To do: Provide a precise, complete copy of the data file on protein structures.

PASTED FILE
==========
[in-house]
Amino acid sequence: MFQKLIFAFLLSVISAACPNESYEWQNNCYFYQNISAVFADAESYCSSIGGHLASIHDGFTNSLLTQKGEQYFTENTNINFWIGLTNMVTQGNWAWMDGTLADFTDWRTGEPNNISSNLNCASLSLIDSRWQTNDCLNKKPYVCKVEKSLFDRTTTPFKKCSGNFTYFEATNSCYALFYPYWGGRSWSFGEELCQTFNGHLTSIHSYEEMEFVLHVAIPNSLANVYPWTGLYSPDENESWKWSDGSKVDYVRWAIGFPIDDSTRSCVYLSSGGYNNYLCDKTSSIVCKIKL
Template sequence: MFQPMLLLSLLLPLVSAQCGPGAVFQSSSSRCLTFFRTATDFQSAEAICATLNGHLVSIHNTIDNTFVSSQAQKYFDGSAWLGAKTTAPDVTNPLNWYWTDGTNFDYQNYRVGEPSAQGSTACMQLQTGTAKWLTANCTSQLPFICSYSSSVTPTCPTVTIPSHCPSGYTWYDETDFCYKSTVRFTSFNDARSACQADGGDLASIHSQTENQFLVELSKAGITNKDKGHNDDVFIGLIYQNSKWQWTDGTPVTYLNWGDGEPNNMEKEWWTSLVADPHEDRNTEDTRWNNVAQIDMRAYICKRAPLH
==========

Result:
[in-house]
Amino acid sequence: MFQKLIFAFLLSVISAACPNESYEWQNNCYFYQNISAVFADAESYCSSIGGHLASIHDGFTNSLLTQKGEQYFTENTNINFWIGLTNMVTQGNWAWMDGTLADFTDWRTGEPNNISSNLNCASLSLIDSRWQTNDCLNKKPYVCKVEKSLFDRTTTPFKKCSGNFTYFEATNSCYALFYPYWGGRSWSFGEELCQTFNGHLTSIHSYEEMEFVLHVAIPNSLANVYPWTGLYSPDENESWKWSDGSKVDYVRWAIGFPIDDSTRSCVYLSSGGYNNYLCDKTSSIVCKIKL
Template sequence: MFQPMLLLSLLLPLVSAQCGPGAVFQSSSSRCLTFFRTATDFQSAEAICATLNGHLVSIHNTIDNTFVSSQAQKYFDGSAWLGAKTTAPDVTNPLNWYWTDGTNFDYQNYRVGEPSAQGSTACMQLQTGTAKWLTANCTSQLPFICSYSSSVTPTCPTVTIPSHCPSGYTWYDETDFCYKSTVRFTSFNDARSACQADGGDLASIHSQTENQFLVELSKAGITNKDKGHNDDVFIGLIYQNSKWQWTDGTPVTYLNWGDGEPNNMEKEWWTSLVADPHEDRNTEDTRWNNVAQIDMRAYICKRAPLH